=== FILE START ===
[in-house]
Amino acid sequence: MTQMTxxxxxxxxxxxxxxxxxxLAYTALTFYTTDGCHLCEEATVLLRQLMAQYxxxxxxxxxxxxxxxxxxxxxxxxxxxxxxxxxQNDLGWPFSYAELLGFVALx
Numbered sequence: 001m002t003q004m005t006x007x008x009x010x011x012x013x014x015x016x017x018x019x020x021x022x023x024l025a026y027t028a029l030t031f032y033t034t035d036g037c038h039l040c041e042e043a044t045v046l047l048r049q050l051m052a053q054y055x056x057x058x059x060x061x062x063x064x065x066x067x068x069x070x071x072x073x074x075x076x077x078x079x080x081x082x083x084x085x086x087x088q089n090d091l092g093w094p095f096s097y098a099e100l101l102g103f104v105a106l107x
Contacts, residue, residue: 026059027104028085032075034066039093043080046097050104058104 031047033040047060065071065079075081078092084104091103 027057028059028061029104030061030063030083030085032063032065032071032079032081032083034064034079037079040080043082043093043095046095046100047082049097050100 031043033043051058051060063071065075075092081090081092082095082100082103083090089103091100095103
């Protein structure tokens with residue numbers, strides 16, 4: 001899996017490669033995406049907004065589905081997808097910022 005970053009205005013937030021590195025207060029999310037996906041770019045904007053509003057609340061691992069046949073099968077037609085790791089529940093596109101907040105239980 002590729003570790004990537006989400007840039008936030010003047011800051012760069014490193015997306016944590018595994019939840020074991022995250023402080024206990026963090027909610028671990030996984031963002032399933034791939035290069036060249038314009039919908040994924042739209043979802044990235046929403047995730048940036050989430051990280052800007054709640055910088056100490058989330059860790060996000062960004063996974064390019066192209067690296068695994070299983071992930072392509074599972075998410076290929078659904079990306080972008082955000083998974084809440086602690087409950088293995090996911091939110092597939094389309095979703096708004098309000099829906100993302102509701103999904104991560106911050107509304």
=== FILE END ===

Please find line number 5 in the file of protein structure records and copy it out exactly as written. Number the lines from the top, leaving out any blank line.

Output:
């Protein structure tokens with residue numbers, strides 16, 4: 001899996017490669033995406049907004065589905081997808097910022 005970053009205005013937030021590195025207060029999310037996906041770019045904007053509003057609340061691992069046949073099968077037609085790791089529940093596109101907040105239980 002590729003570790004990537006989400007840039008936030010003047011800051012760069014490193015997306016944590018595994019939840020074991022995250023402080024206990026963090027909610028671990030996984031963002032399933034791939035290069036060249038314009039919908040994924042739209043979802044990235046929403047995730048940036050989430051990280052800007054709640055910088056100490058989330059860790060996000062960004063996974064390019066192209067690296068695994070299983071992930072392509074599972075998410076290929078659904079990306080972008082955000083998974084809440086602690087409950088293995090996911091939110092597939094389309095979703096708004098309000099829906100993302102509701103999904104991560106911050107509304």